Entertaining, emotional & eye-opening: our latest biographies

Take a peek at some of our most recent biographies.  Unprotected : a memoir is gay black actor Billy Porter’s testimony to the power of talent and courage that overcame an environment of abuse, racism, and homophobia.  John Higgs helps us better understand the poet, artist and visionary that was William Blake in William Blake vs the world. Experience the global refugee crisis through the eyes of Mondiant Dogon, a survivor of the Rwandan genocide, as he recounts a saga of horror, deprivation, frustration and ultimately hope in Those we throw away are diamonds. Read on to find more of our latest biographies.

Act like you got some sense : and other things my daughters taught me / Foxx, Jamie
“In this hilarious and heartfelt memoir, award-winning, multi-talented entertainer Jamie Foxx shares the story of being raised by his no-nonsense grandmother, the glamour and pitfalls of life in Hollywood, and the lessons he took from both worlds to raise his two daughters” (Catalogue)
“A practical, sometimes profane, always entertaining guide to the fine art of parenting.” (Kirkus Review)

Unprotected : a memoir / Porter, Billy
“Before Billy Porter was slaying red carpets and giving an iconic Emmy-winning performance in the celebrated TV show Pose; before he was the groundbreaking Tony and Grammy Award-winning star of Broadway’s Kinky Boots, Porter was a young boy in Pittsburgh who was seen as different, who didn’t fit in. At five years old, Porter was sent to therapy to ‘fix’ his effeminacy. He was endlessly bullied at school, sexually abused by his stepfather, and criticized at his church. Porter came of age in a world where simply being himself was a constant struggle.”(Catalogue) Also available an eBook and as an eAudiobook narrated by the man himself!

William Blake vs the world / Higgs, John
“Poet, artist and visionary, William Blake was an archetypal misunderstood genius. His life passed without recognition and he worked without reward, mocked, dismissed and misinterpreted. Yet from his ignoble end in a pauper’s grave, Blake is now considered a seminal figure in the history of the poetry and visual art of the Romantic Age. Taking the reader on wild detours into unfamiliar territory, John Higgs places the bewildering eccentricities of a most singular artist into context. And although the journey begins with us trying to understand him, we will ultimately discover that it is Blake who helps us to understand ourselves.” (Adapted from catalogue)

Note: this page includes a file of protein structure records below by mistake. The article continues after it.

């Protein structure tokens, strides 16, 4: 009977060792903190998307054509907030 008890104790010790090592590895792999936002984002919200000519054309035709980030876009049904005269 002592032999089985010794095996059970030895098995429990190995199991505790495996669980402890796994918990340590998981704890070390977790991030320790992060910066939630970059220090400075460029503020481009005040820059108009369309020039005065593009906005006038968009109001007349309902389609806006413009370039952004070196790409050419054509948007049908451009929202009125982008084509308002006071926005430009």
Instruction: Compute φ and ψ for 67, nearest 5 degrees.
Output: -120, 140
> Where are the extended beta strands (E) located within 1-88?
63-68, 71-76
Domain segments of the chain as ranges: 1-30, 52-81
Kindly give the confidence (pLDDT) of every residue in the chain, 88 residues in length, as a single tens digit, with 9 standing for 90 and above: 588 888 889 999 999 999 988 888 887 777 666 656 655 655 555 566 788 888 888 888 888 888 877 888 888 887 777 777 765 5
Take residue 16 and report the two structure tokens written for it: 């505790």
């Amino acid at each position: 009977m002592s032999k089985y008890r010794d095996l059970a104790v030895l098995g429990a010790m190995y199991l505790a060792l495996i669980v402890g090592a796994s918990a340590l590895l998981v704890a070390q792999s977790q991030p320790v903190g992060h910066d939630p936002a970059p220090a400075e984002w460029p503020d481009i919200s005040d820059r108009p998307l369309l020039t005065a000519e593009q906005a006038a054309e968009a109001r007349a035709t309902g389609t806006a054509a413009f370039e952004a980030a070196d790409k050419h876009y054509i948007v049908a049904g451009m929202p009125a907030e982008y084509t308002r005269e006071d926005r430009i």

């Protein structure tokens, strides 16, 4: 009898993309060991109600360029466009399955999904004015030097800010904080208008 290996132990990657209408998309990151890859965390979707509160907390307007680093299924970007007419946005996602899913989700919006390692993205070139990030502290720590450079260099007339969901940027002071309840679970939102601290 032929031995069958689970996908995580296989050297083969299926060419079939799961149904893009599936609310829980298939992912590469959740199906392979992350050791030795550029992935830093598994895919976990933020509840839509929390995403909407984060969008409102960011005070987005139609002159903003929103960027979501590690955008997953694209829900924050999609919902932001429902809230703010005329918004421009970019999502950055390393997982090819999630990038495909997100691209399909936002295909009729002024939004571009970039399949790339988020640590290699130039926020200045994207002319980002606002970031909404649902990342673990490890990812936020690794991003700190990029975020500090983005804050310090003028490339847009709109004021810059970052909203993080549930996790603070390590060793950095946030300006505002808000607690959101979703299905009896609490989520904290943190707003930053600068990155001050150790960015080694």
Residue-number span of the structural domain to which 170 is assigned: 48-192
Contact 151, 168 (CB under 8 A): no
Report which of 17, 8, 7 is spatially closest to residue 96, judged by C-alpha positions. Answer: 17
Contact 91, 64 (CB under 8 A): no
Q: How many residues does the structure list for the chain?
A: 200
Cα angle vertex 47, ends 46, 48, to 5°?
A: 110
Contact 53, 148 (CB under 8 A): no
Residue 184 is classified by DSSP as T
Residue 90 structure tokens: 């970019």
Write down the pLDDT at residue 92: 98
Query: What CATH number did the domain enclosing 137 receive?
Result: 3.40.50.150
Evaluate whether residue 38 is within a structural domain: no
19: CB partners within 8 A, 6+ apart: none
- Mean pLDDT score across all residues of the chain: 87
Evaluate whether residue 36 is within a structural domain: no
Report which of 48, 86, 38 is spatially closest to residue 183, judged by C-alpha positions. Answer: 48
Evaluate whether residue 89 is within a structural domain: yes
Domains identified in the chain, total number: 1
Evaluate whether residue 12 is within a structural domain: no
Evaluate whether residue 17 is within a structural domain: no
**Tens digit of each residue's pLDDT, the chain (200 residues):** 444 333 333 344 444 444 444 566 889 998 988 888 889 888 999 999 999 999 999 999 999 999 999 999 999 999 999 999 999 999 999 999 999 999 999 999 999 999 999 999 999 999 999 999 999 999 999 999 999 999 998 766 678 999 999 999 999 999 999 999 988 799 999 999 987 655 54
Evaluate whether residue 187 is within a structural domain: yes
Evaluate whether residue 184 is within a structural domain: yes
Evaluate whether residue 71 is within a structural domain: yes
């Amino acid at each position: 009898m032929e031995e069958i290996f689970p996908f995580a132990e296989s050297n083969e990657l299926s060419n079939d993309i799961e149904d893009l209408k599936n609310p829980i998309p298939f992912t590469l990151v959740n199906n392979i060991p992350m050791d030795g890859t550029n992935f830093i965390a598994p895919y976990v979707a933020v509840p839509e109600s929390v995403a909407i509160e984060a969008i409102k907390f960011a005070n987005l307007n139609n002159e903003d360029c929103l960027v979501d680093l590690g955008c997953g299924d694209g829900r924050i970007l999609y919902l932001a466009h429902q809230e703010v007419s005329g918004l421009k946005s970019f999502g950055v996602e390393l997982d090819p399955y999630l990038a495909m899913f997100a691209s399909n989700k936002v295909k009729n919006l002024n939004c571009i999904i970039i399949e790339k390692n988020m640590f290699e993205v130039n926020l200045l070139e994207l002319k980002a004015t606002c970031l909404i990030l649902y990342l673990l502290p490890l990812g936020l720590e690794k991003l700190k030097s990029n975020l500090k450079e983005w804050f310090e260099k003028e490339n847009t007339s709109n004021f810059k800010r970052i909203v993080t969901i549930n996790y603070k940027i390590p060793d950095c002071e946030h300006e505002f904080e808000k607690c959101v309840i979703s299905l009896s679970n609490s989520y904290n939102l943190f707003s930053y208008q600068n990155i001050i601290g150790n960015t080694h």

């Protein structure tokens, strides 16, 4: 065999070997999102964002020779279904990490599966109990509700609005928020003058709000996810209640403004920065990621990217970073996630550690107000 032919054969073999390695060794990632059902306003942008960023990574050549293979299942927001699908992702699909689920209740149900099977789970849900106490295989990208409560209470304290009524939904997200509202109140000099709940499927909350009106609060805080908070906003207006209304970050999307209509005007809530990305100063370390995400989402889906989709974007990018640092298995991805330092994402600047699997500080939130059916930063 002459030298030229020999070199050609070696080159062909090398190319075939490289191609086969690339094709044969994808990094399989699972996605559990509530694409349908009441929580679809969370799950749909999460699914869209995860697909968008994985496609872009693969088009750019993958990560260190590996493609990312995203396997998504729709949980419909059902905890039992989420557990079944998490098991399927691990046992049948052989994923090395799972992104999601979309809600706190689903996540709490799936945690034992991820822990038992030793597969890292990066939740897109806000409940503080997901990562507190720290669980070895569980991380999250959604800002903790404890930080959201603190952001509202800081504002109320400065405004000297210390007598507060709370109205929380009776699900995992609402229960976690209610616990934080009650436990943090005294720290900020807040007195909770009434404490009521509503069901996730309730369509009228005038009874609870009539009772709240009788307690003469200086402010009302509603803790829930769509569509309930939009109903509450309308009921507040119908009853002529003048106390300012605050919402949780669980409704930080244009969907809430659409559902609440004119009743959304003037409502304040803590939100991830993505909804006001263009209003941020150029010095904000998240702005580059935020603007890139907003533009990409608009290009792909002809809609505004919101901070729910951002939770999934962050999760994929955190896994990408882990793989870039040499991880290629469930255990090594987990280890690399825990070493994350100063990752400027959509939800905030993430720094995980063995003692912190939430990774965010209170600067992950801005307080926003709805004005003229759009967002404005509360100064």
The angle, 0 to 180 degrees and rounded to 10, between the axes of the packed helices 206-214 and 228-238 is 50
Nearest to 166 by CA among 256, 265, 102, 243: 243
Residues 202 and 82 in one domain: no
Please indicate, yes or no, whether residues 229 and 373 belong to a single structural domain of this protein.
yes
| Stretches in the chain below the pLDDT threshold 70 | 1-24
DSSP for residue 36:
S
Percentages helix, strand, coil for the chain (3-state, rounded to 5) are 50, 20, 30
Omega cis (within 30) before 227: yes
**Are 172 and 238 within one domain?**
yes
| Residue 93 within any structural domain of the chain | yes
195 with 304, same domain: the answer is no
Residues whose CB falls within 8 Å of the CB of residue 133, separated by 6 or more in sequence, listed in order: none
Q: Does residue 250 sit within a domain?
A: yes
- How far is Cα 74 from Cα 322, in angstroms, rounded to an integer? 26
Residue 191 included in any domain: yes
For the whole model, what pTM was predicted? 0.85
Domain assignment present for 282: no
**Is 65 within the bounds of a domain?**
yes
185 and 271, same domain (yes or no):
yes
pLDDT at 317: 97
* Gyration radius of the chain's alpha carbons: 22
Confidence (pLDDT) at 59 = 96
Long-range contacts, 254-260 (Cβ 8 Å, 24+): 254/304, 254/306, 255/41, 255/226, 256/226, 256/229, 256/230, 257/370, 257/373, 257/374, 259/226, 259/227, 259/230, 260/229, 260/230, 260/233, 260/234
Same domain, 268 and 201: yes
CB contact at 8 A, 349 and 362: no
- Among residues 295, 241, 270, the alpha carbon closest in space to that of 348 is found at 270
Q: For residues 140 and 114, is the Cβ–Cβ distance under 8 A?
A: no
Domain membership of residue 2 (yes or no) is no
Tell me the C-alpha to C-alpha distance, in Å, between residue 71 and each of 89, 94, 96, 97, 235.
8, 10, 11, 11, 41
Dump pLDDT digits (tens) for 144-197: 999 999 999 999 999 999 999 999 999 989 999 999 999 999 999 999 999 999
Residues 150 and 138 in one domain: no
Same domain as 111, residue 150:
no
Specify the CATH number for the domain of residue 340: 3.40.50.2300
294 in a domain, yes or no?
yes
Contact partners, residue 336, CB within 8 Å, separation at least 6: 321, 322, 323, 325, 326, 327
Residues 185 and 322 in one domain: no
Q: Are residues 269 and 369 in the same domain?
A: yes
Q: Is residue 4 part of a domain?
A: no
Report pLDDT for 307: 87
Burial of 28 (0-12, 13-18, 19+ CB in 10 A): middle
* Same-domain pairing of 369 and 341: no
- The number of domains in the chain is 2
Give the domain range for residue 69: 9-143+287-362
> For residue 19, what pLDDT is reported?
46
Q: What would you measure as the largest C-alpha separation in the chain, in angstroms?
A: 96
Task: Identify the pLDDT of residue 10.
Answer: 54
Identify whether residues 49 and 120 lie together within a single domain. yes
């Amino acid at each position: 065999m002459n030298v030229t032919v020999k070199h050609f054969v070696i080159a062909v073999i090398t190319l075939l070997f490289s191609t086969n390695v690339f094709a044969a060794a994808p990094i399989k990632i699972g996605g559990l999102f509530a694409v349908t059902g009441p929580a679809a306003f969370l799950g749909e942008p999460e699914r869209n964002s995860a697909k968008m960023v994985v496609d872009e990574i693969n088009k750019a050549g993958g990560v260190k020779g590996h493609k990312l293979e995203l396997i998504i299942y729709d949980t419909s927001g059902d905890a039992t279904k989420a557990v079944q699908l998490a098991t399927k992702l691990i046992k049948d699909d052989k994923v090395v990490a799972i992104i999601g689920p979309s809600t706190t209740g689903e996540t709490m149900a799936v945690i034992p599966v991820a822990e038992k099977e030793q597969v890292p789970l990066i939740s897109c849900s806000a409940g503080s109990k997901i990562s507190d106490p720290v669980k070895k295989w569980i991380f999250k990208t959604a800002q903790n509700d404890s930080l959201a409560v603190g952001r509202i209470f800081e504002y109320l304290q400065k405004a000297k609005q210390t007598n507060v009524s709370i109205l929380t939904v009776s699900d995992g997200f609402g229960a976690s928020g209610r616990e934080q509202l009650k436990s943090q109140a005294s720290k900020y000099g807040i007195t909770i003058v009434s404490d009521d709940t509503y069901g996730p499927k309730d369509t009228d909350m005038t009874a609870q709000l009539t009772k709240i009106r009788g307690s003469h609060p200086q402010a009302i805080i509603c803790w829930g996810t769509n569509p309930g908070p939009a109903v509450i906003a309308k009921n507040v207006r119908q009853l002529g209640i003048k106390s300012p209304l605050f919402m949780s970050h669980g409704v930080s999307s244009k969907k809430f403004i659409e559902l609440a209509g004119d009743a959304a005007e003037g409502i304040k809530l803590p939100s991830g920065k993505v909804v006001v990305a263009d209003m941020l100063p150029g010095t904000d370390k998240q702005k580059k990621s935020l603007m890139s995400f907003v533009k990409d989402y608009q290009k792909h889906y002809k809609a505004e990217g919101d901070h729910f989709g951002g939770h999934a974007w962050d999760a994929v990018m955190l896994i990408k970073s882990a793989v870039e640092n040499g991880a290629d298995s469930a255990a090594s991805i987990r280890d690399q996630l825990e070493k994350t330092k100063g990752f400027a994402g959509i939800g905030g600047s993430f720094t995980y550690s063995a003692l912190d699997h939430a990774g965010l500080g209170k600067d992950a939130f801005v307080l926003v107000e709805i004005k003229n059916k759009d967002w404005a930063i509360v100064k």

Going there / Couric, Katie
“For more than 40 years American journalist Katie Couric has been an iconic presence in the media world. In her brutally honest memoir, she reveals how she has balanced her personality, intellectual curiosity and desire to be taken seriously while facing a host of challenges: an eating disorder, sexism, the perils of celebrity– and rebuilding her life with two young daughters after her husband, Jay Monahan, died of colon cancer. Couric writes about the culture at CBS– rife with gender inequality and predatory behaviour–and the downfall of Matt Lauer.” (Adapted from catalogue)

Those we throw away are diamonds : a refugee’s search for home / Dogon, Mondiant “A stunningly beautiful and heart-breaking lens on the global refugee crisis, from a man who faced the very worst of humanity and survived to advocate for refugees everywhere. One night when Mondiant Dogon, a Bagogwe Tutsi born in Congo, was very young, his family fled into the bush after learning that they were to be killed within hours. Beginning their long and dangerous journey into Rwanda, his family made their way to the first of several UN tent cities in which they would spend the next quarter century. Against all odds, and through grit and good fortune, he managed to be one of the few Congolese Tutsis to receive an education in Rwanda. Eventually, Dogon came to the US and became an advocate for his people. ” (Adapted from catalogue)

Odd boy out / Brandreth, Gyles Daubeney
“In Odd boy out, Giles Brandreth provides a revealing and entertaining account of growing up and coming of age in an apparently well-to-do but always strapped-for-cash middle-class English family. It is a story about the ordinary things – family life, happiness, ambition and love, but it also about adventures – meeting princes and presidents, visiting death-row in America, exploring the sex clubs of Copenhagen. It is a story of a boy blessed with wit, what he got up to and who he met in those remarkable years after the Second World War.” (Adapted from catalogue). Also available as a eBook.